How to Clean Smoke from Walls

Even a small fire can cause extensive smoke damage. For best results and to avoid difficult stains, you should try to remove smoke char and soot as quickly as possible. Here’s what you need to know to get started.

Removing Char & Soot from Walls

Smoke particles, commonly referred to as char or soot, will smudge if you are not careful when you try to clean them. Fortunately, there is an easy way to get rid of char and soot without causing further damage to your walls.

What You Will Need:

The Cleaning Process:

  1. Start by properly ventilating the area. With harsh fumes from smoke and cleaning products, you will need ample air circulation with a fresh air source readily available.
  2. Use safety goggles, especially when working overhead. Rubber gloves will protect your hands from cleaning chemicals.
  3. To avoid transferring the stain to the floor, lay a drop cloth on the floor under the area to be cleaned.
  4. Use a ladder or step stool to reach high areas, and work from side to side and top to bottom.
  5. A Chemical Dry Cleaning Sponge is the ideal way to remove soot from walls. To use, wipe the stain with the completely dry sponge – no moisture is necessary. When the sponge becomes saturated with soot, wash it out and allow to air dry. (If you can not find one of these sponges, skip to the next step) .
  6. After removing as much residue as possible, wet a soft cloth or sponge with paint thinner or rubbing alcohol. (Do NOT use water based cleaners!) Gently wipe the remaining stain until gone.
  7. Allow to air dry.

Removing Odors from Walls:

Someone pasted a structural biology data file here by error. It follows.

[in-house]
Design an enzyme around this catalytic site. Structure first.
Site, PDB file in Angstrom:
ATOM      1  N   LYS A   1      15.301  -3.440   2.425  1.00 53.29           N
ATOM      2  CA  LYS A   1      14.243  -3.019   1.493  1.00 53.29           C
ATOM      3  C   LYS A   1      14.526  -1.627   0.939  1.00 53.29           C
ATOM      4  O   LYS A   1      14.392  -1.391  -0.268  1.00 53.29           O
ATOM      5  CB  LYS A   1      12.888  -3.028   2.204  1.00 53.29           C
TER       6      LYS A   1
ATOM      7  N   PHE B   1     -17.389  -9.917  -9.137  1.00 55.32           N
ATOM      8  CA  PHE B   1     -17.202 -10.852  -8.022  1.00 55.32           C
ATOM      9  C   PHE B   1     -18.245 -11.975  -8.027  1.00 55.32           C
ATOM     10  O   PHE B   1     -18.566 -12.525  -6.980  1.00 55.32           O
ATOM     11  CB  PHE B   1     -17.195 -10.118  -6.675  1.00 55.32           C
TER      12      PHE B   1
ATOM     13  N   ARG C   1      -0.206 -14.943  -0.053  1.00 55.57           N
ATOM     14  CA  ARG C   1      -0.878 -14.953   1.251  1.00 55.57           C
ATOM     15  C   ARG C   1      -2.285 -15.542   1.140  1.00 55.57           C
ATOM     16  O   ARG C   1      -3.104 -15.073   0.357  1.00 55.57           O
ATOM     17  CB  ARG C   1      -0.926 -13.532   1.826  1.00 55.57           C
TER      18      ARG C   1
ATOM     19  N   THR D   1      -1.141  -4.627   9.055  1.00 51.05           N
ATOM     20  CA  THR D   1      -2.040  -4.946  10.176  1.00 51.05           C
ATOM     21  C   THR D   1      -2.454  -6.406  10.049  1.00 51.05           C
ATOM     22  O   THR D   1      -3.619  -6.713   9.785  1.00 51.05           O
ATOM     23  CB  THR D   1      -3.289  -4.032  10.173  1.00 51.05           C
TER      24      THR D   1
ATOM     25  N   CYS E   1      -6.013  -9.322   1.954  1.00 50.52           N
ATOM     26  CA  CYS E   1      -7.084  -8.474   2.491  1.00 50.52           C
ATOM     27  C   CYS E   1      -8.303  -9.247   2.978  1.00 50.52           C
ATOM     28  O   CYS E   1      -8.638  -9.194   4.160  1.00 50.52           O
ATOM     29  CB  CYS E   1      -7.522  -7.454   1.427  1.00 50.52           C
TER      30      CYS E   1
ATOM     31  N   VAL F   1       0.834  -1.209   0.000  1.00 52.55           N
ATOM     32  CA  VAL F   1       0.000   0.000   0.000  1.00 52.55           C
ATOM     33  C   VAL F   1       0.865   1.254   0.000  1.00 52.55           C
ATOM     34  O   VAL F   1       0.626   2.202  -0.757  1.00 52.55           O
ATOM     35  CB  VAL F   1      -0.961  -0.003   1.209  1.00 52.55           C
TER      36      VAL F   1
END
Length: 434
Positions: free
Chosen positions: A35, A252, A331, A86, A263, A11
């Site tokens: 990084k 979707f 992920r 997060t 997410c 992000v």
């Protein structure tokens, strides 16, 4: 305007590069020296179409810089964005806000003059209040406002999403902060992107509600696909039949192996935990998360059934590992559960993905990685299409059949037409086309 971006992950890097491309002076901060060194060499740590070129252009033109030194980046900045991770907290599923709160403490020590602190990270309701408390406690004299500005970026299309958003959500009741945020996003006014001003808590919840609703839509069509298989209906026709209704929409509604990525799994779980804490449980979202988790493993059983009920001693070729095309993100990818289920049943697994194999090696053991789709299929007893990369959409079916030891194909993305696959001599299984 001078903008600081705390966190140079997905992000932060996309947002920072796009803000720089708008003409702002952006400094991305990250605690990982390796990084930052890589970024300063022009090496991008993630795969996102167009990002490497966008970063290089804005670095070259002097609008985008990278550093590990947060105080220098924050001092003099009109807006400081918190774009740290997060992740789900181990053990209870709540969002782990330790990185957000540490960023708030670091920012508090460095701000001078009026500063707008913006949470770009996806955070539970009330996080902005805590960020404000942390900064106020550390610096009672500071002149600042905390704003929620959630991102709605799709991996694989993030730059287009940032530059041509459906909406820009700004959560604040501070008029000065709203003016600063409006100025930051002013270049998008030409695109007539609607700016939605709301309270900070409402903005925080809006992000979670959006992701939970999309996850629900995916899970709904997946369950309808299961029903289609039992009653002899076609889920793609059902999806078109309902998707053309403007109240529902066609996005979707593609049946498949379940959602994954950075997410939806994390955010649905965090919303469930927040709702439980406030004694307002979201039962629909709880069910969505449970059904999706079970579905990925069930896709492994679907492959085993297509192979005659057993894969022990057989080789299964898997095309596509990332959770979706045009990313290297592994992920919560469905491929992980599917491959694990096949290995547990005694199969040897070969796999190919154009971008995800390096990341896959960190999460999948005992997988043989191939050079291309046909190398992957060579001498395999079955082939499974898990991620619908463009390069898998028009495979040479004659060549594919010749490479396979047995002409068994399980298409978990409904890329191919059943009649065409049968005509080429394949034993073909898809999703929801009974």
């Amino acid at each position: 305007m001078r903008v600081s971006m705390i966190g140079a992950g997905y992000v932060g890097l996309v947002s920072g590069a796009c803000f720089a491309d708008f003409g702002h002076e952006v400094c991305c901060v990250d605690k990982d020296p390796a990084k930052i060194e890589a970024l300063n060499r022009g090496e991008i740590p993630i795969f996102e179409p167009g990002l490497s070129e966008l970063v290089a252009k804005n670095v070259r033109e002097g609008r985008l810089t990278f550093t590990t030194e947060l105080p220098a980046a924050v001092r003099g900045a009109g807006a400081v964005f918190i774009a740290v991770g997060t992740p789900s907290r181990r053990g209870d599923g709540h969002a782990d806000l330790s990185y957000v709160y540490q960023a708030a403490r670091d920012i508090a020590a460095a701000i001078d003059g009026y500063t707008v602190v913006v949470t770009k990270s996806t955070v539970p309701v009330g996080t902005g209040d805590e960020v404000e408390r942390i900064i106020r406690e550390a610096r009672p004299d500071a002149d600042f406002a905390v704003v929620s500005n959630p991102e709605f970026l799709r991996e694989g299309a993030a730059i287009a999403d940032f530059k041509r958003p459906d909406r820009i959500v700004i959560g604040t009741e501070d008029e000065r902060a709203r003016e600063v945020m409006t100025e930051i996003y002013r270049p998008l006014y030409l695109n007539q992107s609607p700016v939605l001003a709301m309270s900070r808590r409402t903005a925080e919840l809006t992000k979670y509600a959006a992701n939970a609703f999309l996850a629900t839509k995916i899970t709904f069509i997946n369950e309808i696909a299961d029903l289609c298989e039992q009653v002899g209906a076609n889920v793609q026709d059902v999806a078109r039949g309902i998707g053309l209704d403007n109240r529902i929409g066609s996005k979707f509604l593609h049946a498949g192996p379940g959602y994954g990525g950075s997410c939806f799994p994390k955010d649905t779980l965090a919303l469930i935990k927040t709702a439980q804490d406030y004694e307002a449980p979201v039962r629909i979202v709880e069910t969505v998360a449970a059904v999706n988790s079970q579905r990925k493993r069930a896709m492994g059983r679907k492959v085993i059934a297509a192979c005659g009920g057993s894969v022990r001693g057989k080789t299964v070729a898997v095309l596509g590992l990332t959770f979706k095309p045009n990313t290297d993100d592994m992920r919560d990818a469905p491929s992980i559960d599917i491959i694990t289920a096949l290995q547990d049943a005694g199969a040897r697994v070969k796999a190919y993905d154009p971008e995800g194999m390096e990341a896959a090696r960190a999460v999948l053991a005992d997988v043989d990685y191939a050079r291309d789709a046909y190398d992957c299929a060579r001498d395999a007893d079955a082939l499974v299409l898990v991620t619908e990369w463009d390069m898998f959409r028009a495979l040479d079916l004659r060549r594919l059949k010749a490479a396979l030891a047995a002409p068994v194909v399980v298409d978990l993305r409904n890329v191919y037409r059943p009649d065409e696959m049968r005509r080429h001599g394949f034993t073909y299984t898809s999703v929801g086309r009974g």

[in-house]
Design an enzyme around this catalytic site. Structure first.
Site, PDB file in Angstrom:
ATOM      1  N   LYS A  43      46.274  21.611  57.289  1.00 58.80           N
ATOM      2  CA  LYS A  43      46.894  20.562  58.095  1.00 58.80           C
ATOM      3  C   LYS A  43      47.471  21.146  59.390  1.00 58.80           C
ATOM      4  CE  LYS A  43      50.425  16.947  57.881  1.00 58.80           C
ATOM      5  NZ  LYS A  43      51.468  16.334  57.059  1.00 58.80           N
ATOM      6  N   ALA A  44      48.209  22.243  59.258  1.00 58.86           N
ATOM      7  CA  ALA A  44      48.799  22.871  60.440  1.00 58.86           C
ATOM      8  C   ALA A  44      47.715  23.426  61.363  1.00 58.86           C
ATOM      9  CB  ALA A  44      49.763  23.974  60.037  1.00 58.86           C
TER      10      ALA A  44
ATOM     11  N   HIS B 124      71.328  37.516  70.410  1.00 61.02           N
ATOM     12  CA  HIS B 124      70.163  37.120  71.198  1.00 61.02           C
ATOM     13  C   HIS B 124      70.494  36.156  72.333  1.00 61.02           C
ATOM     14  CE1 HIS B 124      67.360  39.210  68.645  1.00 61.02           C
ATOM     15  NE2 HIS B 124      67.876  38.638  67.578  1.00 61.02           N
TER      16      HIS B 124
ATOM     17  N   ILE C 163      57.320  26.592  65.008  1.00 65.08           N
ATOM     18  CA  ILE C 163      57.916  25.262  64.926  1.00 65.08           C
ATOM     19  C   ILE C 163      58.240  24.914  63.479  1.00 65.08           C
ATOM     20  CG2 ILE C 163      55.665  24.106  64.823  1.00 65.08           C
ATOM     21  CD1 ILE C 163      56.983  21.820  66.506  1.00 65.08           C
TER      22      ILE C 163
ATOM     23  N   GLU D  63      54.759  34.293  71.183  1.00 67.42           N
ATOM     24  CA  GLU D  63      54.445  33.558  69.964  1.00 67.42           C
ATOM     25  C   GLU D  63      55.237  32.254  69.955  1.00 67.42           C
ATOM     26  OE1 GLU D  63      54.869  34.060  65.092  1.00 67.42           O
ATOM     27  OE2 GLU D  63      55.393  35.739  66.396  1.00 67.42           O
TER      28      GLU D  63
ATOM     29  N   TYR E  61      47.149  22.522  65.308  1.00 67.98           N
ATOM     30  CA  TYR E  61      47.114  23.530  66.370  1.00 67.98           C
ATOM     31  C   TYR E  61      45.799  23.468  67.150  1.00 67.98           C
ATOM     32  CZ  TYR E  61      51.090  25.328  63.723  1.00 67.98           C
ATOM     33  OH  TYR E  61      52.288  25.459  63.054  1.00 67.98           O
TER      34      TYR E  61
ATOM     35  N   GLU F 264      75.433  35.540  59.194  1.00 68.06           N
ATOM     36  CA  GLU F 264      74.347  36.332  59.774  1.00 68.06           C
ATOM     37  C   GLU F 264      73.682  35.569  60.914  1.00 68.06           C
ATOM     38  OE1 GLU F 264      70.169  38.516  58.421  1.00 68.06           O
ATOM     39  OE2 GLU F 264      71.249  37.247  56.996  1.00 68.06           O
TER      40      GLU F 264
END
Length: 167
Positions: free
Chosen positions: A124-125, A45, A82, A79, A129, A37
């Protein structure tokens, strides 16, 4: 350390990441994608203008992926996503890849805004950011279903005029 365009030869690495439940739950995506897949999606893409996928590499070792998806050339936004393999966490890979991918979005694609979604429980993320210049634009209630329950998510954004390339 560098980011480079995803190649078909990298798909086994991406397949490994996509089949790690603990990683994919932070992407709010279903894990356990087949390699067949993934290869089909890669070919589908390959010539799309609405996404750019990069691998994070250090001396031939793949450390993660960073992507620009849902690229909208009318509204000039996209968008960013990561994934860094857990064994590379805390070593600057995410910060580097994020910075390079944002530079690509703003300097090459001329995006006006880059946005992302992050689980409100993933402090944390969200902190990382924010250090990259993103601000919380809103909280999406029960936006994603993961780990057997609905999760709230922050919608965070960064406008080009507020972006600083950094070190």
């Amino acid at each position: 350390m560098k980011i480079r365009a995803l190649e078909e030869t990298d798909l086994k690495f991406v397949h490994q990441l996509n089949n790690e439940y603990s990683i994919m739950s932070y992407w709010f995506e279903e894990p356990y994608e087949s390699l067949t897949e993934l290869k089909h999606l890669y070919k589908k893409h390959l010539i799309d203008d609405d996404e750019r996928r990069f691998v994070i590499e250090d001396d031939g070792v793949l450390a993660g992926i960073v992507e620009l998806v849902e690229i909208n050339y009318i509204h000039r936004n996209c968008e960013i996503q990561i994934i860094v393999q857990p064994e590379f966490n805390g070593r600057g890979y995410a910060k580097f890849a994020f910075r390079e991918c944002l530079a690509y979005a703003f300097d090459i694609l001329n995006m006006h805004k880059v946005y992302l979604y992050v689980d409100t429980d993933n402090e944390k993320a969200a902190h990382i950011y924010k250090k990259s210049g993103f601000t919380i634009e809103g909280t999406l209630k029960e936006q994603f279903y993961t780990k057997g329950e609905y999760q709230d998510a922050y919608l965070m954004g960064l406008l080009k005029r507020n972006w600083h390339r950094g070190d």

Because smoke will quickly spread and penetrate multiple surfaces, odors can be particularly hard to find and remove. Even without obvious smoke damage, walls can absorb smoke odor and leach it back into the room. Therefore, it is a good idea to clean walls after exposure to smoke, even if they don’t appear smoky or dirty.

What You Will Need:

  • Plastic drop cloths
  • Mild detergent
  • Warm water
  • Bucket
  • Sponge or soft cloth
  • Dry towel
  • Ladder or step stool

The Cleaning Process:

  1. Begin by placing plastic sheeting around the base of the walls to avoid accidental water damage to flooring.
  2. Use a ladder or step stool to reach the upper wall. Start at the top and move from side to side and top to bottom as you work.
  3. Fill the bucket with warm water and add just enough detergent to create a few bubbles (using too much detergent will leave residue on walls).
  4. Wipe down the walls with soapy water using a soft cloth or sponge. (Do NOT use water on a soot-stained wall. Complete the soot and char removal process before moving on to this step).
  5. Soak up extra moisture with the towel to prevent water damage.
  6. Allow walls to air dry in a well ventilated room.

Additional Tips and Advice:

  • Avoid using water-based cleaners to remove soot from plaster. This causes the stain to bleed into the wall.
  • Open windows and use fans for ventilation in smoke damaged areas or any time that you work with harsh chemical fumes.
  • Always use safety glasses and gloves when working with chemicals.
  • Spot clean a small section of wall when you are using chemicals to test for damage.